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RE: Thank goodness for Command - 2/26/2018 12:31:54 PM   
Gunner98

 

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Cut my teeth on table top games. My high school wargame club (quite novel at the time I think) had a weekly game of Victory at Sea with transparency sheets run through a photo copy of a Janes FS image, yardsticks, referees and double blind maneuver cards. A fantastic experience but, replicating a skirmish between 1900 era cruisers and pre-dreadnaughts is one thing. Command is another altogether.

I very much doubt I would go back to a game like the one in the video, but if it works at keeping people gaming, introducing gaming to new players or in any way improving the theory of game design - that's good I think.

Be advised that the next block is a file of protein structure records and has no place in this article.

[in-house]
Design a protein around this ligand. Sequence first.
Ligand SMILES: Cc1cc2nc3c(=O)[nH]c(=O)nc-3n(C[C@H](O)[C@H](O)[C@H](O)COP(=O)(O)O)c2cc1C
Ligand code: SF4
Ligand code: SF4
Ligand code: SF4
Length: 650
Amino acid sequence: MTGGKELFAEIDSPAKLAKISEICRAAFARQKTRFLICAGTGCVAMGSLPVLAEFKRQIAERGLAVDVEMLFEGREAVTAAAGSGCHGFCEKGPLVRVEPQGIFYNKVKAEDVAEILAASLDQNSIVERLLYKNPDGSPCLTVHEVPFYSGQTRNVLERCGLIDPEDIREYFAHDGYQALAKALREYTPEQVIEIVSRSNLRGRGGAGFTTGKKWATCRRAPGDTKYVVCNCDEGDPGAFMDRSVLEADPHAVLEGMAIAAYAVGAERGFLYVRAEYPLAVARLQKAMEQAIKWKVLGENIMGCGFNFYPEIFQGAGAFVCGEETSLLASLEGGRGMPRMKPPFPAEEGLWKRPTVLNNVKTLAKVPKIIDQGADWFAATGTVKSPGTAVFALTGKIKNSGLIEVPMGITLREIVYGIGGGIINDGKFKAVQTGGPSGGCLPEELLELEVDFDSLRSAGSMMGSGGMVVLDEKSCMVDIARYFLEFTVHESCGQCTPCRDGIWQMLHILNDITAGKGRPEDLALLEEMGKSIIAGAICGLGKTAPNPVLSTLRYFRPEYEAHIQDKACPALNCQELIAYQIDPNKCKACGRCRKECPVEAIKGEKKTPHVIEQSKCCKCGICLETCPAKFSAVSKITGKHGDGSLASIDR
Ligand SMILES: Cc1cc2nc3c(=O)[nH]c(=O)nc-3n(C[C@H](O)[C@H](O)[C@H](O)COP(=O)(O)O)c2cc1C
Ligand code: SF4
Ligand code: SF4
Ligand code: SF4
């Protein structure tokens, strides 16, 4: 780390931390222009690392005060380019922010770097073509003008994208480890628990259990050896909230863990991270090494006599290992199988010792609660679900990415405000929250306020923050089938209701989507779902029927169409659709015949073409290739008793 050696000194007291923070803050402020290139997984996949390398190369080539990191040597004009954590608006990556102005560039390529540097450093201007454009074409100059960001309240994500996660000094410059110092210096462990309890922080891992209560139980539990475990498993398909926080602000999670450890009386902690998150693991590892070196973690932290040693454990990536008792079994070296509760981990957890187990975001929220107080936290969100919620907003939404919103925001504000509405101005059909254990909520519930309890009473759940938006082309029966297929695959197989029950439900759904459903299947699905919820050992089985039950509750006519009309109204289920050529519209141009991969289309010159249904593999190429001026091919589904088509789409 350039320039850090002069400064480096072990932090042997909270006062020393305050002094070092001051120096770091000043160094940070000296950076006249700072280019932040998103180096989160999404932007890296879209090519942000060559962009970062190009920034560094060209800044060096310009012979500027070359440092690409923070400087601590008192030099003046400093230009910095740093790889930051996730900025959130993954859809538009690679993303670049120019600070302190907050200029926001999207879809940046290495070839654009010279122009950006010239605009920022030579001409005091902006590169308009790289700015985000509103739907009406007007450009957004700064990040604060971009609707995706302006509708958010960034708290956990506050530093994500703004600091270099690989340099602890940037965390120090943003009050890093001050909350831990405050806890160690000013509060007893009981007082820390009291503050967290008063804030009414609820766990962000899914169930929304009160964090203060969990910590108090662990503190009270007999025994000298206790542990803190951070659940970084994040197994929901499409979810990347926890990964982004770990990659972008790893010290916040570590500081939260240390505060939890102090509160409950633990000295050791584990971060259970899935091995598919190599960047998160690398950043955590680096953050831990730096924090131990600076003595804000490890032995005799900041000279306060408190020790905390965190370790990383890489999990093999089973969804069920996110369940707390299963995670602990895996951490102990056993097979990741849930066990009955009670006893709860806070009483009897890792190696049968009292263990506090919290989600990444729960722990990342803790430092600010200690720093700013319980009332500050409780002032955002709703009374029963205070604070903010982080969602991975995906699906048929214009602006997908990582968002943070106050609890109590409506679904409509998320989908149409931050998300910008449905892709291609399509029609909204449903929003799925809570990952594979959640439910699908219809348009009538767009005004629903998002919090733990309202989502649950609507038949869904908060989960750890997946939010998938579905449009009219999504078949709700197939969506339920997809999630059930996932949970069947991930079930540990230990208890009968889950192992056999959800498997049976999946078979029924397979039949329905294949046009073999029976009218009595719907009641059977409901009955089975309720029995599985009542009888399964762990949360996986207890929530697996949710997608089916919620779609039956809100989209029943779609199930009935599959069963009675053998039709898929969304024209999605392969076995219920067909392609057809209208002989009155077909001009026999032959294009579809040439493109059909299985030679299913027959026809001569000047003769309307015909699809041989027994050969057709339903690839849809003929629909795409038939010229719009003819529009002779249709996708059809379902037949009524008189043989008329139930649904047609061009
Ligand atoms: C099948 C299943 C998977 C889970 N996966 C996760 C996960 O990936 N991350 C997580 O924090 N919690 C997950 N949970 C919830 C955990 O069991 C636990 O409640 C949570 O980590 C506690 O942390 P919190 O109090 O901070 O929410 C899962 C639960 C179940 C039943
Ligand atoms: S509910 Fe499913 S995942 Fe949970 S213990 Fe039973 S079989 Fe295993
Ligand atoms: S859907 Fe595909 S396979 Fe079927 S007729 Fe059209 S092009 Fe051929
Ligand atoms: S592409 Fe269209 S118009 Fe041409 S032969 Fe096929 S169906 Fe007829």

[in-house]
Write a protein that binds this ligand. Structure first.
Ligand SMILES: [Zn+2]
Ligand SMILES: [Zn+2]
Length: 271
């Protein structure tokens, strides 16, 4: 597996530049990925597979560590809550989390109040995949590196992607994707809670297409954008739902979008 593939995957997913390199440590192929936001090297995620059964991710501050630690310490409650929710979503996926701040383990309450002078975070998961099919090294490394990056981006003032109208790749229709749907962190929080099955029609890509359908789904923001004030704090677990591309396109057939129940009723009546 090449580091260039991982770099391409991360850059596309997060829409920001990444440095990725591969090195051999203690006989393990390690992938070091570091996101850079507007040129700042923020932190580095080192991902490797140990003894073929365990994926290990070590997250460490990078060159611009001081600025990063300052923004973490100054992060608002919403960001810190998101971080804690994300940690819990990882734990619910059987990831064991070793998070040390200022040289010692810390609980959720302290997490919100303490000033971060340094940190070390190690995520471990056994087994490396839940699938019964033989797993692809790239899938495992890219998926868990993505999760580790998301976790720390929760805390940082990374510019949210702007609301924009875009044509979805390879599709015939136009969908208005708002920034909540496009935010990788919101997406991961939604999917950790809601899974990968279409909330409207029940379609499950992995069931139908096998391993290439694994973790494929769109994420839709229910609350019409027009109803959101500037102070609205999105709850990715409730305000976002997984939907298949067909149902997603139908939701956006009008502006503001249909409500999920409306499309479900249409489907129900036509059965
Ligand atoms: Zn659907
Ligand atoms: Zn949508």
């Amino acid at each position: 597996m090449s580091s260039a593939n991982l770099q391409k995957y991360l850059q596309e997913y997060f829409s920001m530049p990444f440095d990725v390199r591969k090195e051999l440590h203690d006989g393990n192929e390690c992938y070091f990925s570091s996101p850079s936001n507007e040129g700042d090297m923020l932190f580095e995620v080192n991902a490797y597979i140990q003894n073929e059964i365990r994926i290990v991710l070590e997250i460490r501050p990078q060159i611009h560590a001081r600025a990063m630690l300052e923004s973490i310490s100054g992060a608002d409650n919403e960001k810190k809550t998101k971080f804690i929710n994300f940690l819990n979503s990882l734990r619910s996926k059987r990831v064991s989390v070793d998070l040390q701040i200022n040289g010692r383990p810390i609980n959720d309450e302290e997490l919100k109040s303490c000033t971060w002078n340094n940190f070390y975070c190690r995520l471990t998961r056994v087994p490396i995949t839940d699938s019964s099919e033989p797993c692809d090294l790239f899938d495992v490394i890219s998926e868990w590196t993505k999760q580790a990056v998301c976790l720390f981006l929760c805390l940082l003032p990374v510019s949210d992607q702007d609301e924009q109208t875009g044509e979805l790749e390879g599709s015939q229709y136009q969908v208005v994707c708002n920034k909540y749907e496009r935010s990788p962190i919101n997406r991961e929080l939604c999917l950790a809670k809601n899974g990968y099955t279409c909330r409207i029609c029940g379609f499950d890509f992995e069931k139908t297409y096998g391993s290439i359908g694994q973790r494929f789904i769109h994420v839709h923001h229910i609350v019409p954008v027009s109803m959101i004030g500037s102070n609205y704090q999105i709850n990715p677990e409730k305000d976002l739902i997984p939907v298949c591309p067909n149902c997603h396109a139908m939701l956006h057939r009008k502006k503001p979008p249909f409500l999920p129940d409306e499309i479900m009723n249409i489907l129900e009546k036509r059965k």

B

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RE: Thank goodness for Command - 2/26/2018 12:44:14 PM   
Primarchx


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quote:

ORIGINAL: thewood1

btw, I noticed in the rules of that game that there is no hidden movement. I think the comment was that it was too complicated. To me, that defeats a huge part of naval warfare. Those are the concessions you have to make in boardgames.


One event I ref'd in college was a gigantic, multi-country conflict between modern states in the Indian Ocean. We used Harpoon, Fleet series rules, Command Decision and Air Superiority, as I recall. Took several months of Saturdays but was a real blast. The stinger at the end is that the players unknowingly installed Khan Noonian Singh (I referred to him as the 'Defense Minister' up until the end) as the leader of India. Good times!

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RE: Thank goodness for Command - 2/26/2018 2:29:41 PM   
kevinkins